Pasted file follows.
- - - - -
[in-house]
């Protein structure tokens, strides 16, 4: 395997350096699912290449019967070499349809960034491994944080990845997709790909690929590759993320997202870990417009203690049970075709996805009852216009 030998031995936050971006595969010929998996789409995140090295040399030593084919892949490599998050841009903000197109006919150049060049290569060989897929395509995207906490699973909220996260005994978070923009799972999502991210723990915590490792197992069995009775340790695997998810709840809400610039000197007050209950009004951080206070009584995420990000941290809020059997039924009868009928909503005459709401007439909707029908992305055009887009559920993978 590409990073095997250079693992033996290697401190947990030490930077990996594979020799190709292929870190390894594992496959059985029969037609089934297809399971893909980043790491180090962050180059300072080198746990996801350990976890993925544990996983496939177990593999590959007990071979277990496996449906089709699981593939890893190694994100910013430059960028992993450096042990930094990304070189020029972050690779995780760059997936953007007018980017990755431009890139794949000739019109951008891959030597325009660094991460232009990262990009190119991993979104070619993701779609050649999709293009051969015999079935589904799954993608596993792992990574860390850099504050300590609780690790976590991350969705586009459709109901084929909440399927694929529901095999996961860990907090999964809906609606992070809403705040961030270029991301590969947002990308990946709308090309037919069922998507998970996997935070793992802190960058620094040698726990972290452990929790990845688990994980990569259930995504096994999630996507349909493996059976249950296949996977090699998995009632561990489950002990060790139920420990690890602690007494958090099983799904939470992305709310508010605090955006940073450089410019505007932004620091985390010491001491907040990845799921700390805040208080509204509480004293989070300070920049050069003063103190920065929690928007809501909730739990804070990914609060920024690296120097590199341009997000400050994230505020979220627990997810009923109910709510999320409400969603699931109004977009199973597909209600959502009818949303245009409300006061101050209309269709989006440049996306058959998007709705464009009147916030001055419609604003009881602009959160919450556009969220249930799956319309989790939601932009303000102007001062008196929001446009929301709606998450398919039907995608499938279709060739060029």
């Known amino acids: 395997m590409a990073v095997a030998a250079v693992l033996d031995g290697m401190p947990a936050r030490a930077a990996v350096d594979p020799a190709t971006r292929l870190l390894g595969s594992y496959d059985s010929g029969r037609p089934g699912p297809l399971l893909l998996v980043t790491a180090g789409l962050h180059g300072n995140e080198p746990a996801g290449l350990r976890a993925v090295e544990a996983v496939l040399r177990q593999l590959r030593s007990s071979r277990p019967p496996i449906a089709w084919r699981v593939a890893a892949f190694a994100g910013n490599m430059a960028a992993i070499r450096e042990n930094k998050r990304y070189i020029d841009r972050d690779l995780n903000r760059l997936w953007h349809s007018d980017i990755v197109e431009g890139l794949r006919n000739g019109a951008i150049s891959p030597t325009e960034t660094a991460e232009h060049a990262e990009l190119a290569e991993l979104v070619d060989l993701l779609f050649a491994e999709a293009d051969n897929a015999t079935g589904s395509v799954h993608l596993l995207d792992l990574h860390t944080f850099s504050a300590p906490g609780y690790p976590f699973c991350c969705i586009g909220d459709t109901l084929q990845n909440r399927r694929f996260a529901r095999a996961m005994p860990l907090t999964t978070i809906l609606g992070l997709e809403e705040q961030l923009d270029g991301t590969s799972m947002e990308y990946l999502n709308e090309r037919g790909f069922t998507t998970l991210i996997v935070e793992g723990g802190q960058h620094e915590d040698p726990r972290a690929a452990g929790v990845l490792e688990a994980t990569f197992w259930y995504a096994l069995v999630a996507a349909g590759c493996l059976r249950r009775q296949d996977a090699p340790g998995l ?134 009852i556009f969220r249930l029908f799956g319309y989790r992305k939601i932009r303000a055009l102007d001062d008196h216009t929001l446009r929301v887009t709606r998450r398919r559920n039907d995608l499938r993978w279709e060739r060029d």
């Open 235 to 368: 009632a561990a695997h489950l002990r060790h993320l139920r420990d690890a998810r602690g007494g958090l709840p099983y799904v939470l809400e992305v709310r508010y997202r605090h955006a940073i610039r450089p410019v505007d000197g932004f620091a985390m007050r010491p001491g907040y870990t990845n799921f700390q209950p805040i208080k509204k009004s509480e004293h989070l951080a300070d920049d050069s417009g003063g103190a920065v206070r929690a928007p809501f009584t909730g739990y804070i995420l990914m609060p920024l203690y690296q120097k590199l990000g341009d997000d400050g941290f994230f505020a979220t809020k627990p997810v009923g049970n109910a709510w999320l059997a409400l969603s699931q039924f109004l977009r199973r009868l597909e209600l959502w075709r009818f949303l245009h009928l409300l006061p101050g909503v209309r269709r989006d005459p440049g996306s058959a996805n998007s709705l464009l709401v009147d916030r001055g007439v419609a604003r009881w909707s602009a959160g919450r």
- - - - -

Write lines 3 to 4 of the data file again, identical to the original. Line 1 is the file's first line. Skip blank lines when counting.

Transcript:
């Known amino acids: 395997m590409a990073v095997a030998a250079v693992l033996d031995g290697m401190p947990a936050r030490a930077a990996v350096d594979p020799a190709t971006r292929l870190l390894g595969s594992y496959d059985s010929g029969r037609p089934g699912p297809l399971l893909l998996v980043t790491a180090g789409l962050h180059g300072n995140e080198p746990a996801g290449l350990r976890a993925v090295e544990a996983v496939l040399r177990q593999l590959r030593s007990s071979r277990p019967p496996i449906a089709w084919r699981v593939a890893a892949f190694a994100g910013n490599m430059a960028a992993i070499r450096e042990n930094k998050r990304y070189i020029d841009r972050d690779l995780n903000r760059l997936w953007h349809s007018d980017i990755v197109e431009g890139l794949r006919n000739g019109a951008i150049s891959p030597t325009e960034t660094a991460e232009h060049a990262e990009l190119a290569e991993l979104v070619d060989l993701l779609f050649a491994e999709a293009d051969n897929a015999t079935g589904s395509v799954h993608l596993l995207d792992l990574h860390t944080f850099s504050a300590p906490g609780y690790p976590f699973c991350c969705i586009g909220d459709t109901l084929q990845n909440r399927r694929f996260a529901r095999a996961m005994p860990l907090t999964t978070i809906l609606g992070l997709e809403e705040q961030l923009d270029g991301t590969s799972m947002e990308y990946l999502n709308e090309r037919g790909f069922t998507t998970l991210i996997v935070e793992g723990g802190q960058h620094e915590d040698p726990r972290a690929a452990g929790v990845l490792e688990a994980t990569f197992w259930y995504a096994l069995v999630a996507a349909g590759c493996l059976r249950r009775q296949d996977a090699p340790g998995l ?134 009852i556009f969220r249930l029908f799956g319309y989790r992305k939601i932009r303000a055009l102007d001062d008196h216009t929001l446009r929301v887009t709606r998450r398919r559920n039907d995608l499938r993978w279709e060739r060029d």
């Open 235 to 368: 009632a561990a695997h489950l002990r060790h993320l139920r420990d690890a998810r602690g007494g958090l709840p099983y799904v939470l809400e992305v709310r508010y997202r605090h955006a940073i610039r450089p410019v505007d000197g932004f620091a985390m007050r010491p001491g907040y870990t990845n799921f700390q209950p805040i208080k509204k009004s509480e004293h989070l951080a300070d920049d050069s417009g003063g103190a920065v206070r929690a928007p809501f009584t909730g739990y804070i995420l990914m609060p920024l203690y690296q120097k590199l990000g341009d997000d400050g941290f994230f505020a979220t809020k627990p997810v009923g049970n109910a709510w999320l059997a409400l969603s699931q039924f109004l977009r199973r009868l597909e209600l959502w075709r009818f949303l245009h009928l409300l006061p101050g909503v209309r269709r989006d005459p440049g996306s058959a996805n998007s709705l464009l709401v009147d916030r001055g007439v419609a604003r009881w909707s602009a959160g919450r």